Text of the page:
After reading the first compilation of her journals and notebooks in Reborn, I knew I had to get As Consciousness is Harnessed to Flesh by Susan Sontag who is easily becoming a favorite. I was moved by her writing on love and queerness and by the critical ways she sought to understand the world — I couldn’t help but ask for more.

The next few titles are ones that I’ll be reading sporadically, in no particular order as I would the previous ones. Tomas Tranströmer’s Selected Poems, Alain de Botton’s Art as Therapy and the latest issue of Kinfolk magazine on Home are all supplements to this month as shorter days and longer nights abound.

What’s on your list this month? Do share in the comments below!

Emodiversity: #AllTheFeels

Have you ever woken up in the morning dreading the day, already ill-tempered? There’s a Greek word for that.

Or have you ever felt reluctant of accepting help from someone because it might be bothersome to them? There’s also a term for that in Thailand.

The words we use to articulate feelings or a mix of emotions vary across languages, nuanced by culture and at times, are untranslatable. In spite of its global dominance,  English can at times be inadequate.

My first language is Kapampangan, an ethnodialect of a province (Pampanga) in the Philippines, the second is Tagalog (or Filipino). I spoke Kapampangan at home and Tagalog in school where I first learned how to speak English. Years of education in English combined with the prominence of Western literature and media sharpened my tongue and soon, I was writing in English better than the two dialects I grew up with.

My thoughts are always in Kapampangan and Tagalog though, to this day.

Snippets of Tagalog are everywhere around me — at the hospital I work at where half of the workforce is Filipino, at the newly opened Seafood City in South San Francisco, at Serramonte Mall where you could see families and groups of retirees, on BART, in the streets as Filipino nannies push strollers of blonde babies.


While I revel in literature mostly written in American English, there are some words in Tagalog that are literally without translation. Words like kilig, the feeling you get when you’re extremely happy/nervous/excited butterflies-in-your-stomach type of emotion but still, not quite, used in romantic situations.


And then there’s also tampo, a state of being lightly crossed by another, and that to be out of it or over it requires some kinds of amends. Maybe a movie, some flowers, or a heartfelt apology. It lies somewhere in between anger and indifference.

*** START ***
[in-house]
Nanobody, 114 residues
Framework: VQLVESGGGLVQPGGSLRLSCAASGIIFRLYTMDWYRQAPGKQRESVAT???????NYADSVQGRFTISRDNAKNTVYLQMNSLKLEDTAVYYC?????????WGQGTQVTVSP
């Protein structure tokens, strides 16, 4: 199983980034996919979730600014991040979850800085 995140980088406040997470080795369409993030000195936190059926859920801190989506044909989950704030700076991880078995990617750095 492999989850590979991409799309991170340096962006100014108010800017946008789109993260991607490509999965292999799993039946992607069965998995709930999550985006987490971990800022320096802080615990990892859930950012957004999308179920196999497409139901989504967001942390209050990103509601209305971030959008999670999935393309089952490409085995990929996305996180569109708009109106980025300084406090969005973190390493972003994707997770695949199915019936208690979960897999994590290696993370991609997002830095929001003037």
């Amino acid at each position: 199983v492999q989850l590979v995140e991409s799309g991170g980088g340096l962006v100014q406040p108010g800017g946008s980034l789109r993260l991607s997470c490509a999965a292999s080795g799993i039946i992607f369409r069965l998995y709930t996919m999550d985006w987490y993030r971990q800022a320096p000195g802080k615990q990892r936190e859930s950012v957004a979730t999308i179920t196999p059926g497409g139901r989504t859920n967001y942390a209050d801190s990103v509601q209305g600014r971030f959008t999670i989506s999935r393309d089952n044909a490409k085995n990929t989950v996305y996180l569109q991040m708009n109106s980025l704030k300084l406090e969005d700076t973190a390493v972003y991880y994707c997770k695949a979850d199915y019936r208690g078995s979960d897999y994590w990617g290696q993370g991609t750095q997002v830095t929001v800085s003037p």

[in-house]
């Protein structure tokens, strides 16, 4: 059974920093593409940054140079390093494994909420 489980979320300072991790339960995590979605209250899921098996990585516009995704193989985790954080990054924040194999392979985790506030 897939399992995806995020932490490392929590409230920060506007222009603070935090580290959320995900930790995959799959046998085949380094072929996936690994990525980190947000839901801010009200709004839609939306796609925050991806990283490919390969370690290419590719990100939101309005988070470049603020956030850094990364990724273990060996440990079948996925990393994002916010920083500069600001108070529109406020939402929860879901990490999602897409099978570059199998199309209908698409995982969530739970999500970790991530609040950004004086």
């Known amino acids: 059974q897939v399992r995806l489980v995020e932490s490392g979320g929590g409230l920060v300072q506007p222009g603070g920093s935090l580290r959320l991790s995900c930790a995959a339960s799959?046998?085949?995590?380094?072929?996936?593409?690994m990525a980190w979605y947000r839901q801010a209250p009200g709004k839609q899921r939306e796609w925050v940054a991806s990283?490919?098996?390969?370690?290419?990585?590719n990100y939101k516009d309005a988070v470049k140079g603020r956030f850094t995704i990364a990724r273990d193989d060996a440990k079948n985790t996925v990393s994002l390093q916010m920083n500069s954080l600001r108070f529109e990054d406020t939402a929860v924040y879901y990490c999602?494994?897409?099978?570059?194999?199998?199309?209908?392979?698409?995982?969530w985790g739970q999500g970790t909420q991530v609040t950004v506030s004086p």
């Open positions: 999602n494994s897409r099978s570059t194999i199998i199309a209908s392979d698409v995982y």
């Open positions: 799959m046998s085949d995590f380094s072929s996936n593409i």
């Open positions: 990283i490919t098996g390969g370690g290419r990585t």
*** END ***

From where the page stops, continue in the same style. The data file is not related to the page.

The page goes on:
Being able to convey emotions accurately is a big deal, so you can imagine me fumbling at attempts of describing how much kilig I was feeling when I met my partner, or after an episode of the Filipino series OTWOL.  

Turns out, emodiversity, or having a variety and abundance of emotions and being able to name them can improve our overall mental and emotional well-being. In a report published by the Journal of Experimental Psychology Emodiversity and the Emotional Ecosystem, Jordi Quiodbach and Jane Gruber did two cross-sectional studies across more than 37,000 respondents.

Experiencing many different specific emotional states (e.g. anger, shame and sadness) may have more adaptive value than experiencing fewer and/or more global states (e.g. feeling bad), as these specific emotions provide richer information about which behavior in one’s repertoire is more suited for dealing with a given affective situation.

Learning about emodiversity calls for a Japanese word, which denotes an imagined space you take for yourself to arrange mental (or physical) clutter.


I first heard about yoyuu when I read about it an issue of Kinfolk magazine, and I am reminded of its meaning and use when I was going through Quoidbach’s report.

…reporting a wide variety of emotions might also be a sign of a self-aware and authentic life; such emotional self-awareness and authenticity have been repeatedly linked to health and well-being.

In addition to untranslatable Tagalog words and words like yoyuu, I’ve come across several non-English words that express an array of emotions uncommon in American culture.


The word connotes a “feeling of longing, melancholy or  nostalgia that is characteristic of the Brazilian temperament.” Portuguese writer Manuel de Melo calls it “a pleasure you suffer, an ailment you enjoy.”


I came across a word that purportedly sums up the Swedish psyche: lagomTranslated to “just the right amount” or “in moderation,” a piece from Slate.com notes that it could be misunderstood as indifference. The Swedes appreciate equality and modesty above all things, whether they’re referring to personalities or the way they brew their coffee.

At Jörgen’s, instead of filling the emptiness, we wait patiently until everyone has their coffee before easing back into conversation. And even when we break the silence, there is a profoundly understated tone to our interactions. The guests at Jörgen’s studio are remarkably accomplished musicians who play in high-profile Swedish orchestras, but no one talks about that until asked. No one talks over someone else. Everyone speaks three or four languages fluently but dismisses their skill. Dressed in worn out jeans, single-color shirts or blouses and sock-clad feet, they could not look more ordinary. (Slate.com)


The word dor is a little similar to saudade, characterized by a “visceral, bittersweet yearning central to the shared Romanian cultural identity.” Rooted in the emotions felt by Romanian shepherds away from home for a few months, it “recalls the memory of cherished experiences and gives emotional significance to life.”


This Arabic slang is usually heard in conversations in Syria, Lebanon and Palestine which refers to a romantic sentiment between lovers — of wanting to die first before they do, because you wouldn’t know how to deal with their death if they were to pass first.

With a profound need to reveal emotions we can’t always define, we can be assured of the richness of language that transcends English. While far from being definitive, Quiodbach’s report on emodiversity helps us understand the necessity of describing our emotions — whether in public or intimately with just ourselves. This practice develops our emotional and mental acuity, enabling us to be better partners, friends and leaders.

It helps to know that acknowledging our emotions (whether it’s anger, shame or sadness) can actually help us become better people.